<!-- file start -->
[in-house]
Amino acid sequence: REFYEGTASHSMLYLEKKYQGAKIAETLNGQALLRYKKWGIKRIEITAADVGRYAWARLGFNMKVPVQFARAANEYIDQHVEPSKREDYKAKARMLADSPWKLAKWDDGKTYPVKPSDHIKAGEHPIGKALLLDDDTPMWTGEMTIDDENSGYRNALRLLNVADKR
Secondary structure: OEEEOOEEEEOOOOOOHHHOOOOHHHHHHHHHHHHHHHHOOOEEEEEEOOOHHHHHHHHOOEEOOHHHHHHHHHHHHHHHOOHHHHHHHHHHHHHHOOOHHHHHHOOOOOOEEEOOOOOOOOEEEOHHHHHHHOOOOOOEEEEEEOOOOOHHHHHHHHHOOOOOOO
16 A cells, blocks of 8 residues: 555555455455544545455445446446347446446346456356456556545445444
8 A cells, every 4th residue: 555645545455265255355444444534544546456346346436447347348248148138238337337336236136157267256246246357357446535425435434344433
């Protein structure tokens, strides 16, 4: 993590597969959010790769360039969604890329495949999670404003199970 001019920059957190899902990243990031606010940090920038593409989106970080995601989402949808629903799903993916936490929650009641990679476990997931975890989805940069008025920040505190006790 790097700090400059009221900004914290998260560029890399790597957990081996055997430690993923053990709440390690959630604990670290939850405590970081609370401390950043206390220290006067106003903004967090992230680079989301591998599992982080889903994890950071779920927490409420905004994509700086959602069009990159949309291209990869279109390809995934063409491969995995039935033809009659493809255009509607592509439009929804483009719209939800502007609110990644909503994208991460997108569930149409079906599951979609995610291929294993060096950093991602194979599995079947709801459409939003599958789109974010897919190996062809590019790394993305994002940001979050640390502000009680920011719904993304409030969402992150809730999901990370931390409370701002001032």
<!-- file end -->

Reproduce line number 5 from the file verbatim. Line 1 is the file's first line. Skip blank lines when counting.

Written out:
8 A cells, every 4th residue: 555645545455265255355444444534544546456346346436447347348248148138238337337336236136157267256246246357357446535425435434344433